In addition to being denied his basic rights to due process, Mohammed has also been the victim of medical neglect since being in detention. He suffers from thalassemia and chronic anemia, which require him to have blood transfusions every two to three weeks, as confirmed by the medical report of the Palestinian Medical Campus and the doctors at the Association of Friends of Patients of Thalassemia in Ramallah. As a result of his frequent blood transfusions, Mohammed’s blood contains high levels of iron, which has led to a sustained weakness of his heart muscle. Before his arrest, Mohammed therefore went through a daily process of intravenously injecting a medication called Desferal for 8 to 10 hours a day in order to remove some of the iron from his body. Without this, the iron excess would disable cell functions and cause a disruption in his hormonal functions, as well as loss of function in the heart, liver, and skin. For patients with this condition, it is vital to take Desferal on a regular basis. Mohammed also needs to test his kidney, liver, and heart functions every three months or whenever deemed appropriate by his doctor.
Since his arrest, Mohammed has been transferred every month to the hospital to receive blood transfusions. With regard to medication, however, Mohammed has irregularly been taking Exjade, an oral and much more expensive alternative to Desferal, since taking Desferal on a daily basis is a complicated and lengthy process that cannot practically be implemented in prison. The Exjade he has been taking was his own, and since he only had limited supplies, he has now asked the Israeli Prison Service (IPS) to provide him with this medication. The IPS, however, has refused to provide him with Exjade, instead insisting that he take another equivalent, but cheaper medicine or pay for the Exjade from his personal canteen account. As a result, Mohammed’s family has to bear the financial burden of sending him Exjade every month. On 15 July 2011, Mohammed underwent medical tests at Shaare Zedek hospital that confirmed that he now suffers from an enlarged heart and liver, likely the result of his irregular use of Exjade.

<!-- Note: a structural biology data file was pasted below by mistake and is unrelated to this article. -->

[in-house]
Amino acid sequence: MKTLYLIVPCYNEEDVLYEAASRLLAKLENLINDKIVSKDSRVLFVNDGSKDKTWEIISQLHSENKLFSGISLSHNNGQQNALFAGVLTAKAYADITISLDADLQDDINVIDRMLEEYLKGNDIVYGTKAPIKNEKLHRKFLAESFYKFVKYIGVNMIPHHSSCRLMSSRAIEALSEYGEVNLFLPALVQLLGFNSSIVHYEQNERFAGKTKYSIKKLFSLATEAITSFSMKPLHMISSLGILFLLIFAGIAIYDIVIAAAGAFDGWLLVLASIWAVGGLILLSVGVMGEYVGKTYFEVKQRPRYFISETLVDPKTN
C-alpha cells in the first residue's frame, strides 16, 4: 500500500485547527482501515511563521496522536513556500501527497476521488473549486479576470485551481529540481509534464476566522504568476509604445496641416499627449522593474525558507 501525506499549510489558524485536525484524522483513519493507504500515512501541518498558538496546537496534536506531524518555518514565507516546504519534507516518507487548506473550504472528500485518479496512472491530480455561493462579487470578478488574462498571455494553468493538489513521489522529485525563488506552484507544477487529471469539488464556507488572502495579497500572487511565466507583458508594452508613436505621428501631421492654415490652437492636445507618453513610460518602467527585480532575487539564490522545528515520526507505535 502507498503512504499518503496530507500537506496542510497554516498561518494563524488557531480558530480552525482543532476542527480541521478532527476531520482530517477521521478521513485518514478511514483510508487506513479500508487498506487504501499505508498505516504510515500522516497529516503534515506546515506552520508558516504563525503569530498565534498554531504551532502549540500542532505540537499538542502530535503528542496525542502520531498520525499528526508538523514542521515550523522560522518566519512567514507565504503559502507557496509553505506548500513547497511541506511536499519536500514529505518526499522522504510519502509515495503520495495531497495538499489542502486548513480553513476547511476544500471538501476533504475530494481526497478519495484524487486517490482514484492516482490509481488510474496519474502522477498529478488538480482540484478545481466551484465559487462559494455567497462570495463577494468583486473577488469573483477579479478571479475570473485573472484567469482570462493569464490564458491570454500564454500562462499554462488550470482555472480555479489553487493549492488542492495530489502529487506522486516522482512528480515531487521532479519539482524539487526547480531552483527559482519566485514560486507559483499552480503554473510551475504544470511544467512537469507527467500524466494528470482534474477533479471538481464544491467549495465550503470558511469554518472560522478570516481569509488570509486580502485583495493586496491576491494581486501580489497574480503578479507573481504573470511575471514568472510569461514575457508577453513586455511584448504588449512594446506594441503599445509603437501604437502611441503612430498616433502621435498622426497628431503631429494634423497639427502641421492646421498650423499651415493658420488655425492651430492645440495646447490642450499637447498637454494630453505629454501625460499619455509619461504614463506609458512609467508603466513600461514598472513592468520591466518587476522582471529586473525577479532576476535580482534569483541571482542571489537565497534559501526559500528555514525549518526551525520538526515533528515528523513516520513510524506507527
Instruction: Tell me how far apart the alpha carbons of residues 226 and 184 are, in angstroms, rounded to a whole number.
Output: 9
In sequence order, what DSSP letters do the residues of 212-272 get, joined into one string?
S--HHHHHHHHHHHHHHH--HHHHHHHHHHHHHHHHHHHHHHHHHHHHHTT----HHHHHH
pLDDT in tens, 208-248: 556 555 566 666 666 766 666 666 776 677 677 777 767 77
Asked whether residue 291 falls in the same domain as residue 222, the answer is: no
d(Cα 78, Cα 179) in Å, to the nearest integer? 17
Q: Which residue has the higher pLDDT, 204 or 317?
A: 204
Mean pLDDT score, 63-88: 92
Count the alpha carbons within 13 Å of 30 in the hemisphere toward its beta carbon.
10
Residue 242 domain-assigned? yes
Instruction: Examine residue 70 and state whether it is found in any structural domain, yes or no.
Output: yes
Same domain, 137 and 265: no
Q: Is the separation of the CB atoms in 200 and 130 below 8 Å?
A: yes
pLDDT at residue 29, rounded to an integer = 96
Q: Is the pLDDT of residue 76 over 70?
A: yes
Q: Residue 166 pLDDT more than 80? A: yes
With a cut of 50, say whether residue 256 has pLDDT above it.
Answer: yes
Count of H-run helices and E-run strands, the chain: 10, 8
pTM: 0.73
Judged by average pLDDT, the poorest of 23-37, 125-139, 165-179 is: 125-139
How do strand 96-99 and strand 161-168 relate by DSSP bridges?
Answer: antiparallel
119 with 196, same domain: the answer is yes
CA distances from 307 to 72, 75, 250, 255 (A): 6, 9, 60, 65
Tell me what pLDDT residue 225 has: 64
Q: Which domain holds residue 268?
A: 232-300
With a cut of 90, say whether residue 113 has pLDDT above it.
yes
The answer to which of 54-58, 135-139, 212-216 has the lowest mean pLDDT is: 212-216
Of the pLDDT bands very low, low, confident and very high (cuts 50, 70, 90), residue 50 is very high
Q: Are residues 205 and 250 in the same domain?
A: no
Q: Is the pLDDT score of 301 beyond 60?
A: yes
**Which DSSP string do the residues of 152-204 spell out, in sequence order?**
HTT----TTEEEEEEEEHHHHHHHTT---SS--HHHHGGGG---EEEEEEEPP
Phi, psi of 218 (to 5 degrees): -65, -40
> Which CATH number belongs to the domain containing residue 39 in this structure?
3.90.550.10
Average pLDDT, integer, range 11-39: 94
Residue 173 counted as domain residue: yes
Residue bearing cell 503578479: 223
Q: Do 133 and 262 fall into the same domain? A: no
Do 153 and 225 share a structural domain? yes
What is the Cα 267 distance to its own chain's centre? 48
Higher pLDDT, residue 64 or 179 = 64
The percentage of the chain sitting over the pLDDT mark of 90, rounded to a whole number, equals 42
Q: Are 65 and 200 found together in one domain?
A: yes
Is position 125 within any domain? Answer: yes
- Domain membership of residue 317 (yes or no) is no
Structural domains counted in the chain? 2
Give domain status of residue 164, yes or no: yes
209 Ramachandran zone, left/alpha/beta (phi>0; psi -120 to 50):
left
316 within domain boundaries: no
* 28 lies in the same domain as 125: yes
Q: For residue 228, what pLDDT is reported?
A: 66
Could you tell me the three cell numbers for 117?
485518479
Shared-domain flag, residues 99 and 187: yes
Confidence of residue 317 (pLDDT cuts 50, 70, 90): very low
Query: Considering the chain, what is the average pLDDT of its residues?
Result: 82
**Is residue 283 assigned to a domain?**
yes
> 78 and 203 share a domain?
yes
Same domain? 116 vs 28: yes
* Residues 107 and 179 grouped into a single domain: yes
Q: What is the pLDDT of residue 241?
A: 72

It is Israel’s responsibility to provide adequate medical care to all prisoners it has under its care. Article 91 of the Fourth Geneva Convention notably specifies that an Occupying Power is obligated to provide necessary treatment to administrative detainees free of charge. The inadequate treatment of Mohammed’s condition and numerous additional cases of medical neglect reveal that Israel is in clear breach of these international standards.
On 3 April, after receiving another six-month administrative detention order and amid hunger strikes by other administrative detainees, Mohammed decided to stop taking his medication in protest of his ongoing administrative detention. He is also refusing to take blood tests at Ramleh Prison Hospital.